We do a lot of shelling, scouring the beaches for shells. However, with CoVid, our beaches are closed so restaurants are providing me with shells (instead of ending up in a landfill). I clean them, then they are sun-bleached and hand-painted. The shells I cannot use are recycled– once ORP reopens for oyster recovery, I will take the shells from the restaurants to be recycled. Our jewelry is made in partnership with Hands Producing Hope.
How is your business helping Chesapeake Bay and its environment?
We are members of the Chesapeake Bay Foundation. The CBF serves as a watchdog, they fight for effective, science-based solutions to the pollution degrading the Chesapeake Bay and its rivers and streams.
What is your advocacy as a business?
The same as the CBF: “Save the Bay.”
What tips can you give to those who want to start buying sustainable handicrafts?
Sustainability, for us, is using the Earth’s resources in such a way that future generations can meet their needs and easy way to do this is to purchase locally.
In the future, what lies ahead for Old Line Oysters? Where do you see your brand in the movement for sustainable living?
We are planning to extend our jewelry line, continuing with our eco-friendly, fair trade mission. Hopefully, when people see our shells, either as a home goods product or wearing a piece of our jewelry, they will be reminded of the beautiful place they came from, the waters of the Chesapeake Bay. My hope is that reminder will encourage them to adopt practices that will help “Save the Bay.”
Aside from running Old Line Oysters, what other eco-friendly habits do you practice in your life?
My husband is the CFO of a renewable energy company, C-Quest Capital. Their investment projects have improved the lives of over 16,000,000 people and have reduced over 2,000,000 tonnes of CO₂ emission reductions and counting.
What advice can you give to people who want to sell sustainable products and consistently find profits?
In addition to making money from their products, (if you are upcycling, your material costs should be low) but you can also earn money through a variety of federal, state, and local tax incentives. Not only are tax incentives available for businesses, they are also available to individuals. While tax breaks like rebates provide direct cash back, credits and deductions can also make you money by increasing your tax refund.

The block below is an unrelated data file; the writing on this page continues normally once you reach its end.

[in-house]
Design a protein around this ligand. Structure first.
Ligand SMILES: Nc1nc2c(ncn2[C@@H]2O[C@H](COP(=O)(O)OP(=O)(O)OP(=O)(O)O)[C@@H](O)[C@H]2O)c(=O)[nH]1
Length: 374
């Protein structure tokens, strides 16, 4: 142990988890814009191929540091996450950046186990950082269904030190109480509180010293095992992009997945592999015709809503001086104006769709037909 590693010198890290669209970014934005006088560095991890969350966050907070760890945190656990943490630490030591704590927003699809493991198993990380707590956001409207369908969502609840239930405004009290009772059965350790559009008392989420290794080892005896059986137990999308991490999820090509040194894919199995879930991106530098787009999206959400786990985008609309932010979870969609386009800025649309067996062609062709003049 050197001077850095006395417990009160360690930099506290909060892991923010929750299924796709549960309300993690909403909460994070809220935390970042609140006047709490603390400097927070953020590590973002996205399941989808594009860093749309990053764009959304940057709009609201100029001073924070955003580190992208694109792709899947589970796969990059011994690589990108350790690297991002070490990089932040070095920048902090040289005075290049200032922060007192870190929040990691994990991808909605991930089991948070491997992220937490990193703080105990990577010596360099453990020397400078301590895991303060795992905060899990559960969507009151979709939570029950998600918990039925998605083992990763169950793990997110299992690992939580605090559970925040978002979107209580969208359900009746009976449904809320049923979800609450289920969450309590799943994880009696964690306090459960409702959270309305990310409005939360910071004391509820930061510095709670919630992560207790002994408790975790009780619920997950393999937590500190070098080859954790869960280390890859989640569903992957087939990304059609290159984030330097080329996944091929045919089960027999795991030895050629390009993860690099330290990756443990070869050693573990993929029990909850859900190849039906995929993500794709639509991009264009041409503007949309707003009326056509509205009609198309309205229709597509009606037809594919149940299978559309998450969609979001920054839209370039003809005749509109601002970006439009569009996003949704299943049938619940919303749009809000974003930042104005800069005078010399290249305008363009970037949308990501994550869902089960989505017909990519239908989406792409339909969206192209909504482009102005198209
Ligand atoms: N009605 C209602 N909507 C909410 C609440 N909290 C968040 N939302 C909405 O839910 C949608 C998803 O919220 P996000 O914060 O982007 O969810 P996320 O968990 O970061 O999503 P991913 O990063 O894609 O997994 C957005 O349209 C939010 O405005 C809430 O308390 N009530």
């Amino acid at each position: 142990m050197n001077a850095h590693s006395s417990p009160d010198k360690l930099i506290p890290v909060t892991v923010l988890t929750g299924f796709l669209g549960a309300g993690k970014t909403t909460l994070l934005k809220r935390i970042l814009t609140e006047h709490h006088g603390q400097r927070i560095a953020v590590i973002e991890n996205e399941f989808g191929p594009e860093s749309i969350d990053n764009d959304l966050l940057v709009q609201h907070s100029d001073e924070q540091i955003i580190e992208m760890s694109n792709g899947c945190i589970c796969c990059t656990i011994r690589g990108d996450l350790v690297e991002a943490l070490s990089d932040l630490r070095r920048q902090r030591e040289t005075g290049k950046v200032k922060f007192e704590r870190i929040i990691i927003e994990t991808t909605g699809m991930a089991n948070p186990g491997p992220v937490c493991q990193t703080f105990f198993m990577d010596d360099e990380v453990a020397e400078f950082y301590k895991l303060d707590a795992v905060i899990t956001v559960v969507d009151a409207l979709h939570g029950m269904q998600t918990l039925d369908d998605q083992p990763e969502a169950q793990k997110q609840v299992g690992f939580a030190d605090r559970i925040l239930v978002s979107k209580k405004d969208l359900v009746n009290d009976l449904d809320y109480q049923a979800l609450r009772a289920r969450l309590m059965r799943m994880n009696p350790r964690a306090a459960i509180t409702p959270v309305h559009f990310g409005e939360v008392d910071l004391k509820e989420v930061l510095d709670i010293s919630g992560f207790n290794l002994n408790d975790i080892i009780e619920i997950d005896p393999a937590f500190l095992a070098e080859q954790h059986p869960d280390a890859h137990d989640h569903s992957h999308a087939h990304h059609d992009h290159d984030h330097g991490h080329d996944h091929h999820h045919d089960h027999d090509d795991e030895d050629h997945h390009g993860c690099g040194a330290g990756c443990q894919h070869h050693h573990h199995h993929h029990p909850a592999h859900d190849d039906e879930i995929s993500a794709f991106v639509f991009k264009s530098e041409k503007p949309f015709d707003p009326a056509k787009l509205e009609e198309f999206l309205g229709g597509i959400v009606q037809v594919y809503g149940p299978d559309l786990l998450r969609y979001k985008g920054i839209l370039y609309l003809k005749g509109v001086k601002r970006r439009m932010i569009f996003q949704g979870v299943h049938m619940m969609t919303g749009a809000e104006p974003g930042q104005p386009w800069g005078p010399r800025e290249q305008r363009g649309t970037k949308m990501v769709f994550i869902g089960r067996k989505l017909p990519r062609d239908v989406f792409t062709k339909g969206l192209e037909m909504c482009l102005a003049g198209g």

ABOUT RACHEL COBBS, FOUNDER OF OLD LINE OYSTERS
Founder Rachel Cobbs started this company wanting to make beautiful gifts using oyster shells.
But unlike similar retailers, Rachel had bigger ideas in mind. She set out to create a company that creates products that are both beautiful, and benefits the Chesapeake Bay.The Chesapeake Bay was once home to vast numbers of oysters — oyster reefs rose so high that they grazed the bottoms of boats sailing the Bay. A nationwide trade in oysters grew up with the Bay at its heart.
Today, the Bay’s oyster population stands at a difficult crossroads. Decades of overharvesting and diseases have left the Chesapeake’s iconic oysters in a precarious state, at only about one percent of the numbers present in the nineteen century. Old Line Oysters is dedicated to supporting local growers and oyster recycling.
Scientists and policy makers are exploring ways to restore oysters to the Bay. Reef building, establishing protected sanctuaries, and breeding disease-resistant oysters may all be key to fostering a comeback of Crassostrea virginica. The oyster will need all the help it can get.